NOTEworthy: April 26

“Haec Dies” by William Byrd

This week, we will be taking it back now, y’all – a couple centuries back. William Byrd (1540-1623) was one of the most significant composers of the Renaissance era, and almost certainly the most significant composer of English Music of this time. Byrd’s life was shaped by music from a very early age. Born in London, he was a chorister at the Chapel Royal (basically the Royal Family’s liturgical choir) as a child, where he studied music under Thomas Tallis, the other musical giant of English Renaissance music. Byrd sang as a boy soprano under Tallis’ baton until his voice changed, at which point he began serving as Tallis’ assistant. Later in life, he returned to the Chapel Royal to sing in the tenor/bass section of the choir and serve as organist. This strong royal connection served Byrd well, as he and Tallis were later granted unprecedented publication and printing rights for their music by Queen Elizabeth I.

Byrd, a staunch Catholic, lived through a time of religious and political flux – Henry VIII was a Catholic (until his disagreement with the pope regarding divorce), Edward VI was Protestant; Mary Tudor, a Catholic; Elizabeth I tried to stay in the middle, and James I was a Protestant. In Byrd’s music, we can often get a sense of what era his music was written, or at the very least what type of occasion it was for by the language of the work. Pieces in English were for Protestant events, and Latin pieces were for Catholic events. Under Protestant reign in Renaissance England, Catholics were often greatly persecuted, and Byrd’s Latin compositions were written to be sung in secret at the houses of Catholic aristocrats.

“Haec Dies” by Byrd is a short little Easter anthem that may have been performed at one of those private house services. The piece seemed appropriate because of the familiarity of that idea – a holy Easter service, performed at home. Of course, at FPC, we are not worshipping at home to avoid persecution, but there is such a beautiful connection in communal worship finding a way now just as it did in Renaissance England.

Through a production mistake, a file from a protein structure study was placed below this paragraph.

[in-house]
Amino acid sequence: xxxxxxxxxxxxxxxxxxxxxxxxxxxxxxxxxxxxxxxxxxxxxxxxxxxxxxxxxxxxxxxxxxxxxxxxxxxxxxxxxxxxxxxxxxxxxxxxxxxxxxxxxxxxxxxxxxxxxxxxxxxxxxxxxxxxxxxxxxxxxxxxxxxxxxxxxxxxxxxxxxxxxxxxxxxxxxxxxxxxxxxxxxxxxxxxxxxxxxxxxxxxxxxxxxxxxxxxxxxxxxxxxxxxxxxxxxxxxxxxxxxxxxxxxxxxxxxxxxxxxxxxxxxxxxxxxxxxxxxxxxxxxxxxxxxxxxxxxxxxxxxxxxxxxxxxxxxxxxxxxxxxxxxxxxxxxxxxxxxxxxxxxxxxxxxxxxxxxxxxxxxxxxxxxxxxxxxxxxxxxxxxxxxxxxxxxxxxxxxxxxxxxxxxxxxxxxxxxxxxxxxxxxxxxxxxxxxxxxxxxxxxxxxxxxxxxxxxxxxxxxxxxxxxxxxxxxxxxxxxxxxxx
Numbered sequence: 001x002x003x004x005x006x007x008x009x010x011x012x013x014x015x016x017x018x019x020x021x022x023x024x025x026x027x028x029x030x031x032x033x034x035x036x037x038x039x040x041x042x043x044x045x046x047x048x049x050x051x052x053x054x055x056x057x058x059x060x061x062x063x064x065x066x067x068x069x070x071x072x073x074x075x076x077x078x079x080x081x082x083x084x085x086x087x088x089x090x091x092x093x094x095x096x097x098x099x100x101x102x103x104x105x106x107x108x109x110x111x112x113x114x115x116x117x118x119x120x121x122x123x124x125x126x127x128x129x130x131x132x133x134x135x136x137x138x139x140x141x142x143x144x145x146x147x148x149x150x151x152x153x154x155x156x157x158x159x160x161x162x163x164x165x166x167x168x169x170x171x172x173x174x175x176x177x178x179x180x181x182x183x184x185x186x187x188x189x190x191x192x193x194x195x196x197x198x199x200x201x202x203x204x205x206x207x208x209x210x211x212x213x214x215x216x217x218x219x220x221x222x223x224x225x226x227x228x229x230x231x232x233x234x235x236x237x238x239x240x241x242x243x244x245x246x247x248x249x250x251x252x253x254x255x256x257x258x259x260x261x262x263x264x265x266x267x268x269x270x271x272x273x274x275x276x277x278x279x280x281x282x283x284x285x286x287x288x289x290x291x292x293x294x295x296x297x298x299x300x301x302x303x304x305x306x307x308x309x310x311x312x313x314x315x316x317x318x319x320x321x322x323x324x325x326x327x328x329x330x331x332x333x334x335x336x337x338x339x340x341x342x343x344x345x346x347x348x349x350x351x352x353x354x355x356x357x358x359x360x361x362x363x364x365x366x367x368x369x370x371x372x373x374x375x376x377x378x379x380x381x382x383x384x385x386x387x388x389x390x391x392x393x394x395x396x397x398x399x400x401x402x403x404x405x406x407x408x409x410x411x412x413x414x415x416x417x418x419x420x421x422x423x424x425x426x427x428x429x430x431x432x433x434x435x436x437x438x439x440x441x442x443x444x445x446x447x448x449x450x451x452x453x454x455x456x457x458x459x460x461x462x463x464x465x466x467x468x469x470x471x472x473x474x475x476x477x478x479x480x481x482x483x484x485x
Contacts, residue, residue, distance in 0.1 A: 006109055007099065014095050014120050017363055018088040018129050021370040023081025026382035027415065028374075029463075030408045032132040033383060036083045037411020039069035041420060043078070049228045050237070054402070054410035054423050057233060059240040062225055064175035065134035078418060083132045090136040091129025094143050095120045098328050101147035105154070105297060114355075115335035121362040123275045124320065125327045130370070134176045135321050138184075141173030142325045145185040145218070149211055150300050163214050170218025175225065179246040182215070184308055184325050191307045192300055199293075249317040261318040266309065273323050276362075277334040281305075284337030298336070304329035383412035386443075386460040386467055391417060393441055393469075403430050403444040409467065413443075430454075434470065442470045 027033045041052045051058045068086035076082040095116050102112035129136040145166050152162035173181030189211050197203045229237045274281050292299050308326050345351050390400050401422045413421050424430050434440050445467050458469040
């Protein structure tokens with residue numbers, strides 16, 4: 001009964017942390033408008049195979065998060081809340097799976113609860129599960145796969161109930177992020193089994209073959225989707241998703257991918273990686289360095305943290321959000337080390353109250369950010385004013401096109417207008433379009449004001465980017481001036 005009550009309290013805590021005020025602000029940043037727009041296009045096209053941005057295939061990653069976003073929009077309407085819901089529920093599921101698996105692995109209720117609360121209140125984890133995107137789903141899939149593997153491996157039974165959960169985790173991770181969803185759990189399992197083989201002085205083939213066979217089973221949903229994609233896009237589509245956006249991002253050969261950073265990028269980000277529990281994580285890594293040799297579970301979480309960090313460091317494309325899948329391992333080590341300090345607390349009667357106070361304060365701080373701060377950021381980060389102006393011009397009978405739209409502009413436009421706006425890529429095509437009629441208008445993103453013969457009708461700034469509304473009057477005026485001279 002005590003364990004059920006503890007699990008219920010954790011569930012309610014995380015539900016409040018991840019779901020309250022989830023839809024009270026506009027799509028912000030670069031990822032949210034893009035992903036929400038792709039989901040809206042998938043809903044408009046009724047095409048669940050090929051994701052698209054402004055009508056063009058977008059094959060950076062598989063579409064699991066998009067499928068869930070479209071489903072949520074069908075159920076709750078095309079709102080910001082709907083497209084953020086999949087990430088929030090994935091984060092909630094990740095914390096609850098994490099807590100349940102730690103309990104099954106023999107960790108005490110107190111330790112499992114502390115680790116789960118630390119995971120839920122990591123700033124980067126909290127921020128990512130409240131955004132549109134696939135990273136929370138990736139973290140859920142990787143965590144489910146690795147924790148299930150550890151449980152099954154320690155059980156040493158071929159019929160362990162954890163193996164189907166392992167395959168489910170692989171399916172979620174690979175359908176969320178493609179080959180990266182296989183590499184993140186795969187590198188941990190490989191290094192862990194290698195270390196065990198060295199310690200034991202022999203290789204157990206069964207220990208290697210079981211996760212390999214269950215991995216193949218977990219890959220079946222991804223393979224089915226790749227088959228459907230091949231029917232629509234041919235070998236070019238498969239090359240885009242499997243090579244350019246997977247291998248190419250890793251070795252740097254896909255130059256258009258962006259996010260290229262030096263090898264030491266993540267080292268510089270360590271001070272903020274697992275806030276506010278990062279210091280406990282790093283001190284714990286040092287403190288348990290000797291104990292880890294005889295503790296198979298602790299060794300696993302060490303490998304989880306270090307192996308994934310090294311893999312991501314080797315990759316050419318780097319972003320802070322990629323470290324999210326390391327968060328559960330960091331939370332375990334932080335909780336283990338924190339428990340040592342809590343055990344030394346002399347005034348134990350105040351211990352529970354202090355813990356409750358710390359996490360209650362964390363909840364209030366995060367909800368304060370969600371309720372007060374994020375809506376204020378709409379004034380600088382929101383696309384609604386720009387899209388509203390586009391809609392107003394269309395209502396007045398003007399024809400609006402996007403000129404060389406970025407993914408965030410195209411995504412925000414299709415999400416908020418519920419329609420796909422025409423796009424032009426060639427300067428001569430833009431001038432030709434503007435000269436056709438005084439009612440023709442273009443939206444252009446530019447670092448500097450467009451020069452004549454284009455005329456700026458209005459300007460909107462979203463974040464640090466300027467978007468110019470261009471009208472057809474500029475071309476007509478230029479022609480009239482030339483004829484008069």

I intentionally chose a video where we can see the music, so that we can see how Byrd passes musical ideas from part to part. At the beginning of the piece, notice how each “Haec dies” has the same musical figure (I use that term intentionally, because even if you cannot read music, you can see how that general shape of open notehead, notes connected by lines, etc. appears in different parts). The reuse of this motive (a recognizable musical figure) creates a beautiful image of the people of God all shouting out their praises in different places and times. Fitting, isn’t it?

I also found this piece to be a good analogy for the weird state of quarantine. “Haec Dies,” if analyzed, is immensely complex and busy; yet if you take a step back and detach from the intricacies, the music just washes over you, and is somehow meditative. While we are all staying in the same place, some of our lives have become busier – juggling work, children, teaching, etc. For those people, I’d encourage you to embrace the wider scope, and let the music wash over you. For others, quarantine is just boring. For you, maybe try to take the time to analyze this piece and dig into its inherent intricacies. See if you can find more sharing of musical ideas in the “Alleluia” section at the end!

Of course, these two mindsets apply to more than just this piece. God has provided enough complexity and enough peace for you wherever you may be. It’s just in how we look at it.

2 Corinthians 9:8 “And God is able to bless you abundantly, so that in all things at all times, having all that you need, you will abound in every good work.”

And as the familiar text of “Haec Dies” says:

This is the day that the Lord has made:
Let us rejoice and be glad in it.